Trans Bodies, Trans Selves

Last night I went to an absolutely brilliant talk hosted by Wild Iris Books. Trans activist and scholar Peter Cava is a fantastic speaker with the perfect mix of instruction and emotional authenticity. Their presentation was interesting, captivating, and had no dead weight/filler/”I love the sound of my own voice.”

I was also exceptionally impressed by their diplomacy and grace. Members of the audience didn’t always agree with each other and Mx. Cava handled each scenario/conflict with such poise that afterwards I was making comments to the bookstore’s owner, Erica, that we need them in politics or even as the US’s first trans president.

Mx. Cava came to Gainesville to educate us about a new resource for trans people, namely, the book Trans Bodies, Trans Selves, and also to open up a discussion about the ways they helped their native Broward County (FL) adapt its policies and in what ways Gainesville’s trans community can help keep itself more safe from cis violence.

While in college, Mx. Cava was the spearhead of what turned into a huge movement to make FAU safer for trans students by making a map of all the gender-neutral bathrooms on campus. More recently, they served as an advisor in their home county about how to address issues of trans homelessness.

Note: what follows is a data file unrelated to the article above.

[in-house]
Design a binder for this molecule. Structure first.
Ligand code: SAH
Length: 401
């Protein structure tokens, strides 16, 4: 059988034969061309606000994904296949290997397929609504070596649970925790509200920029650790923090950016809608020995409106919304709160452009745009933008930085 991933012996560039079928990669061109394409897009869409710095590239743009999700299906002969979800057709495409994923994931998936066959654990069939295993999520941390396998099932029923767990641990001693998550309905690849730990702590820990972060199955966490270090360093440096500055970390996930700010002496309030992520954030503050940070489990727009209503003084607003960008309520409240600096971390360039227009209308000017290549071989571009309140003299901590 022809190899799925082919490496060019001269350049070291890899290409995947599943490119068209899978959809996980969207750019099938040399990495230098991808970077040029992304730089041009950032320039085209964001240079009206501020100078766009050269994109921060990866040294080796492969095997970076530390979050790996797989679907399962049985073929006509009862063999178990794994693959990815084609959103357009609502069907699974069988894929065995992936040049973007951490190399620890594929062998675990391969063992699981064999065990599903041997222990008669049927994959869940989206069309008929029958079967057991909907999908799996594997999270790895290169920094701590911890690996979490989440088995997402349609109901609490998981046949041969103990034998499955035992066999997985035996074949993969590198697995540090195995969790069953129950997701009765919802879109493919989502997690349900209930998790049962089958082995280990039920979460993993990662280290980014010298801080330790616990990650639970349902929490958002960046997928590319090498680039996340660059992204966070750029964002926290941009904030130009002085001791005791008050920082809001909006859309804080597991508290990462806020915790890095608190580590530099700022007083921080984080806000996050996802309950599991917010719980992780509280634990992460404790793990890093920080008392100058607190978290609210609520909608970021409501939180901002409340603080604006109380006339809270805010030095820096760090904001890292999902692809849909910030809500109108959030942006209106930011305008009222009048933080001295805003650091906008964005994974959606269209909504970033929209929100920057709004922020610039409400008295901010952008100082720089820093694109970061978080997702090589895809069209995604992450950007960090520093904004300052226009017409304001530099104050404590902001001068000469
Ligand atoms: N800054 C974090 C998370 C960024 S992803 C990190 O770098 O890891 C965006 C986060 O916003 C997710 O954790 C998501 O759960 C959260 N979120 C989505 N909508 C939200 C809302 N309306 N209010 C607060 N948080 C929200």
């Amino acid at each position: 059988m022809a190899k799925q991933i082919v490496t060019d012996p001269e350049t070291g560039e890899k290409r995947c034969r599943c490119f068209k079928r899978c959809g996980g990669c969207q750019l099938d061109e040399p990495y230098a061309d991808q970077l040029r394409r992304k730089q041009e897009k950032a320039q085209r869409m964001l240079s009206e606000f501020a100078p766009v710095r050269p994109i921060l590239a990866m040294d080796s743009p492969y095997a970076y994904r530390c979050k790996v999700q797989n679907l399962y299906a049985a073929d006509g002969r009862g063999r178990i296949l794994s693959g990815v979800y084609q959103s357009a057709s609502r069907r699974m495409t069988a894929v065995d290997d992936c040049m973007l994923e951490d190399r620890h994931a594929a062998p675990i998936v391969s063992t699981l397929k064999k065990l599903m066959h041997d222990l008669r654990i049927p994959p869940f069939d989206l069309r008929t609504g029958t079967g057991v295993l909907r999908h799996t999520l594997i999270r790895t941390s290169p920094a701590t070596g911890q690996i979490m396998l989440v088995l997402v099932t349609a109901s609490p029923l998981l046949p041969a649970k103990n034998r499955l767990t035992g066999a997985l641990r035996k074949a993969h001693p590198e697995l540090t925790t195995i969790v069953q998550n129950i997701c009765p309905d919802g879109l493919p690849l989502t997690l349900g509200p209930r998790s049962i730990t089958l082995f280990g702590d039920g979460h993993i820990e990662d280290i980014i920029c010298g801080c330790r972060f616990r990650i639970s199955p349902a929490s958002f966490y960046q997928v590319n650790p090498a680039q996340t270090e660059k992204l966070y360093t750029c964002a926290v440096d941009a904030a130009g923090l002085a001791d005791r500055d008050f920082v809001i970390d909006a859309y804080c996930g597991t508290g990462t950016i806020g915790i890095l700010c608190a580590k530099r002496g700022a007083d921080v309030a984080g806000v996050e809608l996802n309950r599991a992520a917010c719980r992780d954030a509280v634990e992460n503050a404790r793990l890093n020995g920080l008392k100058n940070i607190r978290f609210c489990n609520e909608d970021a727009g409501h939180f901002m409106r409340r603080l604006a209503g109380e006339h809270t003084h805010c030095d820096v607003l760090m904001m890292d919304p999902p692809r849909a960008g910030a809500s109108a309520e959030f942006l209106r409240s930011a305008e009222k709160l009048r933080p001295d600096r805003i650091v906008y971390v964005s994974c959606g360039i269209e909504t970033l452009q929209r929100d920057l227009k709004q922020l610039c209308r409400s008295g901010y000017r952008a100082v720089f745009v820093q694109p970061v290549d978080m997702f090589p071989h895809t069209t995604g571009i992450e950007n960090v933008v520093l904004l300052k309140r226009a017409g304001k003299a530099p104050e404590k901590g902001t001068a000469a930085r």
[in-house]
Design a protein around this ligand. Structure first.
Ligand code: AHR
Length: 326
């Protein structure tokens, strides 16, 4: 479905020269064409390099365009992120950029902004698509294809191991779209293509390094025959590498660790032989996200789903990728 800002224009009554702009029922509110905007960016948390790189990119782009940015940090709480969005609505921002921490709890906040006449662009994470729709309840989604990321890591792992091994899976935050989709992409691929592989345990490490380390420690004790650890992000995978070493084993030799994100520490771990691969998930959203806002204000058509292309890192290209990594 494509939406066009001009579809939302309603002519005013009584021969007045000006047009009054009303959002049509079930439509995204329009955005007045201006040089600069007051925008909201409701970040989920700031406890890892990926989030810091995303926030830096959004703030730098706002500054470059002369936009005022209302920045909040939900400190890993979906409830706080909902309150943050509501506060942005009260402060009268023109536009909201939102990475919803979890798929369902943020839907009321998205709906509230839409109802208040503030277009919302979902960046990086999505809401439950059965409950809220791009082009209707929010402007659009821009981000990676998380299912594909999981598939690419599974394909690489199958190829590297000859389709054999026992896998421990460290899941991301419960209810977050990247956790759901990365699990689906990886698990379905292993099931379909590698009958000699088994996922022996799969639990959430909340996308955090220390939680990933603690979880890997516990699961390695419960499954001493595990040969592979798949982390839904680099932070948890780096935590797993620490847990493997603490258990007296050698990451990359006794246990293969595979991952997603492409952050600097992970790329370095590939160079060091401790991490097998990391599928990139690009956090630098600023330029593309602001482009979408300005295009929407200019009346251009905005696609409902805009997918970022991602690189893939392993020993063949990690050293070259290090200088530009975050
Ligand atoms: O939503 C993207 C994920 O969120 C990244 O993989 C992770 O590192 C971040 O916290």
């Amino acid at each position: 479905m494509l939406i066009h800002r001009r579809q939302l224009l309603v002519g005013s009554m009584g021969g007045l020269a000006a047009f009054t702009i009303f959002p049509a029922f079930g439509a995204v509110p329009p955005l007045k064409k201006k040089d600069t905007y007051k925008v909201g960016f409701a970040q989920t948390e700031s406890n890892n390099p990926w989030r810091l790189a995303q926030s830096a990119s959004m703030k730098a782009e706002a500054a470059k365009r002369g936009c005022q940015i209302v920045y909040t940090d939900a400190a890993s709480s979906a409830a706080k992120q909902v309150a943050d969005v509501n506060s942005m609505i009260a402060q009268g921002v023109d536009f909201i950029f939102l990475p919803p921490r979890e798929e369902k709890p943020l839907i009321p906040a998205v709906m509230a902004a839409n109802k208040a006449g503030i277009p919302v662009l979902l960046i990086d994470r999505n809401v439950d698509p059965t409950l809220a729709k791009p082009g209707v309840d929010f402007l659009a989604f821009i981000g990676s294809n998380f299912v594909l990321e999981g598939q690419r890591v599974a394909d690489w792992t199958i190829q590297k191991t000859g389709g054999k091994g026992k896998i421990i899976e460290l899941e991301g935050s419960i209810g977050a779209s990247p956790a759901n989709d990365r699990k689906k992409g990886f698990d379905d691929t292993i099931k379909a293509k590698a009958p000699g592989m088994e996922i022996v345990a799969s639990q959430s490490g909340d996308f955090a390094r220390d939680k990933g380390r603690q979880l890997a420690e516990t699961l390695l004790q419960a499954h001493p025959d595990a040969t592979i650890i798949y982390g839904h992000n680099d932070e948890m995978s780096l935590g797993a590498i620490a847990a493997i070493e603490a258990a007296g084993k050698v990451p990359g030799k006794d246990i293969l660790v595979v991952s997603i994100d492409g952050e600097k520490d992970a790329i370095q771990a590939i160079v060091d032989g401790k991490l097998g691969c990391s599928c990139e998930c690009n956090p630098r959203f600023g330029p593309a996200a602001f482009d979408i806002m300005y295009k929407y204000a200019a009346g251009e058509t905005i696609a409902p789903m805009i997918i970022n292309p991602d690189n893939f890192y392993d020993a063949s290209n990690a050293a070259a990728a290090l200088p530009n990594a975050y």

Another issue that is important to Mx. Cava is making sure trans folk have the resources and knowledge needed to be able to activate already existing laws to help them. Many of the existing anti-discrimination laws are not enforced, or are even being used against trans safety (“We can’t have a trans homeless shelter because it violates our antidiscrimination policy!” — true story from Broward) so more work is needed so that people are held accountable for violating the existing laws.

The Gainesville trans community is highly concerned about personal safety, with one person pointing out that simply existing in public was like being in a war zone. With Mx. Cava leading the discussion, they decided to work on creating a phone network so that trans people can call for a ride if they feel unsafe or at risk for attack.

After the discussion, Mx. Cava shared with me some wishes for how trans women should be written as characters by cis women like me. We should abandon the “victims and villains” dichotomy (their exact wording) and instead work on creating likeable, empowered characters.

Peter Cava’s website

About Shira

Queer Jewish feminist author
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